ADCO chief's plans would give Dworman big S.F. impact -- again
San Francisco Business Times
By: J.K. Dineen
Photo: Douglas Zimmerman
Developer Alvin Dworman was preparing to fly from
Los Angeles to London in 1960 when he received a urgent message from an associate in New York.
"I get this call saying you have to come to San Francisco right away, you can get the Western Addition. I said, 'What the hell is that?' I don't think I had ever been in San Francisco before," recalled Dworman.
Dworman, who had already taken on a large-scale redevelopment partnership in New York decided to make the trip. And it turned out to be the beginning of one of Dworman's most important, and longest-lasting, business ventures.
Nearly 50 years after the San Francisco Redevelopment Agency tapped Dworman to redevelop a series of parcels atop what was to become Cathedral Hill, the ADCO Group chairman is still the major landowner in that neighborhood and finds himself smack in the middle of two of the city's most high-profile developments.
On Cathedral Hill, at 1330 Gough St. across from the cathedral Dworman helped create, he is proposing an elliptical white curtain-wall 38-story condo tower being designed by Skidmore Owings and Merrill. In the burgeoning Mid-Market neighborhood, meanwhile, Dworman has embarked on repositioning his massive art deco San Francisco Mart, a landmark furniture wholesale showroom complex being reinvented as a mixed-use campus with 1 million square feet of office space and up to 250,000 square feet of retail.
At a time when private equity groups and pension funds buy and sell office and residential towers at the drop of a hat, ADCO Group is a throwback, a rare investor that holds onto its properties. Former San Francisco Mayor Willie Brown, who has known Dworman for more than 30 years, said patience is one of Dworman's defining characteristics.
"Alvin doesn't sell, he buys," said Brown. "Just think about 1330 Gough St. He has had that the entire time. Just think about how valuable that property has become without any great capital additions. I think that is how he has built his wealth, not by selling and pulling money out but by owning and allowing it to grow."
Changes in the works
In a rare interview, the New York-based Dworman said it's coincidence that he happens to be making major changes simultaneously to two of his more prominent San Francisco properties, one which he has owned for 39 years and one for more than 40.
On Cathedral Hill, the development site at 1330 Gough was protected from development for 40 years under the expiring use agreement with Housing and Urban Development. At the San Francisco Mart, Dworman said he is reacting to a strengthening Mid-Market residential neighborhood and the fact that a new competing furniture wholesale design showroom -- 3 million square feet and publicly subsidized -- has been built in Las Vegas. Dworman said he is "not being smart, I'm reacting to bad things."
"I'm reacting to the fact that the furniture mart was a business going downhill," he said. "It's learning that when a confrontation comes, how do you take advantage of it?"
The more he looked at changes in the Civic Center and Mid-Market area, including the new Federal Building and 5,000 units of housing in the pipeline, the more he felt he was sitting on a "gold mine."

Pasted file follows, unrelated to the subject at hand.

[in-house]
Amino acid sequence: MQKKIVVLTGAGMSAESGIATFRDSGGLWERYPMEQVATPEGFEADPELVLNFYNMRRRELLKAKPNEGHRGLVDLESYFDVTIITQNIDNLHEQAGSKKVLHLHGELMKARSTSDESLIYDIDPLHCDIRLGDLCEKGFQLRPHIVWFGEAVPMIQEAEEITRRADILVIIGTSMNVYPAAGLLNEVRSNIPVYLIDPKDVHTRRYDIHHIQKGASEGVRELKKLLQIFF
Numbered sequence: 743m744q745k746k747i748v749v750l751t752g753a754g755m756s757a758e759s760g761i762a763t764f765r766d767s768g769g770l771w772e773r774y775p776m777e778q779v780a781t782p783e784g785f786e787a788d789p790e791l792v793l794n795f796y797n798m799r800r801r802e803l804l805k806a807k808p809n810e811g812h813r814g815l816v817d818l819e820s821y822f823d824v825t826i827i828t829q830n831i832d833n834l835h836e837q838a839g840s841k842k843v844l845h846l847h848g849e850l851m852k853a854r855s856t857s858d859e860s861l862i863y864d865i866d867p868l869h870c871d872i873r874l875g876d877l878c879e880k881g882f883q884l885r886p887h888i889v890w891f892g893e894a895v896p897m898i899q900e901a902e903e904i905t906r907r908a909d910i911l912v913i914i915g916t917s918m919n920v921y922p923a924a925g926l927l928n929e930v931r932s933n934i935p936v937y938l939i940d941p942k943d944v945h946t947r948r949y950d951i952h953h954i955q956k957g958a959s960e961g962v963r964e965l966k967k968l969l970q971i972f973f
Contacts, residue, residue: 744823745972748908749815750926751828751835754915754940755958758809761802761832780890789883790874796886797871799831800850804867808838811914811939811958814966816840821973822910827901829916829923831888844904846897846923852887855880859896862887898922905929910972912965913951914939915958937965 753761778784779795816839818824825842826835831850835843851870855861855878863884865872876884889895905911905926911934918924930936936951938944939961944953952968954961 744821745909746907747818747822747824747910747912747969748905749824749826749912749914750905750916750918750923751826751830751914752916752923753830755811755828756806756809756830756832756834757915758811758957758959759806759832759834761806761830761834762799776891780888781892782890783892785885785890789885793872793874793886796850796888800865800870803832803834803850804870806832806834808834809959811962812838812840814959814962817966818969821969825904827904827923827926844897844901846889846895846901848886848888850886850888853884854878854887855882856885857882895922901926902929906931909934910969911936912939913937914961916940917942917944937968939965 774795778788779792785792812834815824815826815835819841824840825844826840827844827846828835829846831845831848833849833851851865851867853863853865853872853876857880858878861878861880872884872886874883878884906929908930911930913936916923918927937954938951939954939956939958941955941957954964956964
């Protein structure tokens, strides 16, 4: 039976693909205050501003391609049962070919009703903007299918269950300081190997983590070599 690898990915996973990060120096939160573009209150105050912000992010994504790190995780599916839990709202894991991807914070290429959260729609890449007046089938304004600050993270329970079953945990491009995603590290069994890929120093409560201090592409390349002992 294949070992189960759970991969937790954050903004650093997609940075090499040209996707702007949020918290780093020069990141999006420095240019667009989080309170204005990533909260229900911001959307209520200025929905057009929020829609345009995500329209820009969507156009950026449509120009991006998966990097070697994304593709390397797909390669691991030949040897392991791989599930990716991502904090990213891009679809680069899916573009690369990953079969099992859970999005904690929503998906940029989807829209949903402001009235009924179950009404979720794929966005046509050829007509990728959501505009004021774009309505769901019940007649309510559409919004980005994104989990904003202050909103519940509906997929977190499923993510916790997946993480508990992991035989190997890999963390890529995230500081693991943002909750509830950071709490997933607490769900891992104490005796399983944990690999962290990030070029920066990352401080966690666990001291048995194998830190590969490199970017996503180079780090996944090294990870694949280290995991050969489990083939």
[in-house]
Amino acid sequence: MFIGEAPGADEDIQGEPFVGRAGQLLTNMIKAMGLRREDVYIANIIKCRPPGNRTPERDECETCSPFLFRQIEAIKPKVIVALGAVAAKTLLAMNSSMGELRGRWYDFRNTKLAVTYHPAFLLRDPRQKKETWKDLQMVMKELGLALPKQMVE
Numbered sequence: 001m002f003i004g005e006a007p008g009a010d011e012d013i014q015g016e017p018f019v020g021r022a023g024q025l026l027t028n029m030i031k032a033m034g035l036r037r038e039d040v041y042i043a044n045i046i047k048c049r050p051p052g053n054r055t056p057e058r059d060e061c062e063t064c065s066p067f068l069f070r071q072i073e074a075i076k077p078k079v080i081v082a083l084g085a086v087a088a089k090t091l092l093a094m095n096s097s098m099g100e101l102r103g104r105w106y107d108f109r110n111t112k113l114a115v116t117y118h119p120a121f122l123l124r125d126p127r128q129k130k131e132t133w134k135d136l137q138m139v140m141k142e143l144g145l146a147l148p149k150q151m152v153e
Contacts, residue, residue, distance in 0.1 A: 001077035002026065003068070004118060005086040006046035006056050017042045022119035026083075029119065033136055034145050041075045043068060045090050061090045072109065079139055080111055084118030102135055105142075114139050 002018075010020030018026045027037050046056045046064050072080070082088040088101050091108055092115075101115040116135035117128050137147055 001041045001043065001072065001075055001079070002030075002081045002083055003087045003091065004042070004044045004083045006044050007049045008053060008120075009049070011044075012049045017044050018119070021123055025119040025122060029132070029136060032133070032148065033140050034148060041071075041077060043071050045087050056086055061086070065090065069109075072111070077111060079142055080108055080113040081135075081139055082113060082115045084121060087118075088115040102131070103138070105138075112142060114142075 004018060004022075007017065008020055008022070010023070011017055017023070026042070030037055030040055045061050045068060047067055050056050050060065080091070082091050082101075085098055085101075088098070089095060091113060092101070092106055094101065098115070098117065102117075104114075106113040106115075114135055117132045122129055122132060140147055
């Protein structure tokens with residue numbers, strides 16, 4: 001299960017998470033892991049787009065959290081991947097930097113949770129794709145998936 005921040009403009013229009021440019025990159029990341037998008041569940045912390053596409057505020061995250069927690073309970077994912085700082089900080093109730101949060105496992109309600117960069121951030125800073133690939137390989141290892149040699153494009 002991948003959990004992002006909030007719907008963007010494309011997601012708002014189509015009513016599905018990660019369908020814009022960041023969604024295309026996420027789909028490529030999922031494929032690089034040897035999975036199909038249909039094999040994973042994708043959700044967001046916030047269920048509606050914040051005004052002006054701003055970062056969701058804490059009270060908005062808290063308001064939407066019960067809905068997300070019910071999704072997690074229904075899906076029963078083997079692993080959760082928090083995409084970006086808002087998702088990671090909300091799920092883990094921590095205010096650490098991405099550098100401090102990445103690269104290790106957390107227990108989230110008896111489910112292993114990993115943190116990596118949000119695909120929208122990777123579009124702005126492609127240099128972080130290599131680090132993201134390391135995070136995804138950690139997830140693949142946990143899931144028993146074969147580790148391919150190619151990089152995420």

ADCO is proposing to cover Stevenson Alley, which runs between the mart's two buildings, with a glass dome, creating a place for residents to socialize and eat. Dworman is investing $35 million in improvements.
"We're between Hayes Valley and the Fifth Street stuff. In my opinion this neighborhood is it. It's Civic Center. It's the theater district. And it's a dead place at night. This street has got to come alive. And that is what I think we can do. We're going to make it a building that is going to be fabulous forever."
Dworman grew up in Coney Island, where his immigrant father worked concessions on the boardwalk. A Golden Gloves boxer at 16, Dworman was an all-city football player and sprinter at Abraham Lincoln High School in Brooklyn.
After high school in 1944, he enrolled in an Army specialized training program and shipped to London. There he met Charlie Torem, a Harvard-trained, Paris-based attorney with Coudert Brothers, who would become an important mentor. It was Torem who pushed Dworman toward law school and helped him get into New York Law School.
"He said, 'You're a difficult guy, you question everything and you don't listen -- you should be a lawyer," recalled Dworman.
While he was in law school at night, Dworman had his first taste of deal making. He rented a parking lot in Queens to put on flea markets and a farmers market. He was also playing semi-pro football for $50 a week when he met Jackie Robinson through a teammate. Robinson had just signed a $29,000 contract with the Brooklyn Dodgers. Dworman had an idea.
"I said, 'I'm going to start a barnstorming tour for you. I checked your contract out and it said you're allowed to play 30 days in the off season. We'll go to play in New Orleans and Baton Rouge one day and Mobile and Birmingham the next.' I was still going to law school, so I paid some guy to sit in class for me during the tour."
The tour, which lasted for four years, generated profits of $90,000 annually, which were divided equally between Dworman, Robinson, and a promoter.
"We were running full wherever we went," said Dworman, who later developed housing with Robinson in Harlem. Meanwhile, Dworman finished law school and, after a brief 90-day stint as a lawyer, figured out a way to carve out a lucrative niche as a liaison between mortgage brokerages and banks looking for home loans to service.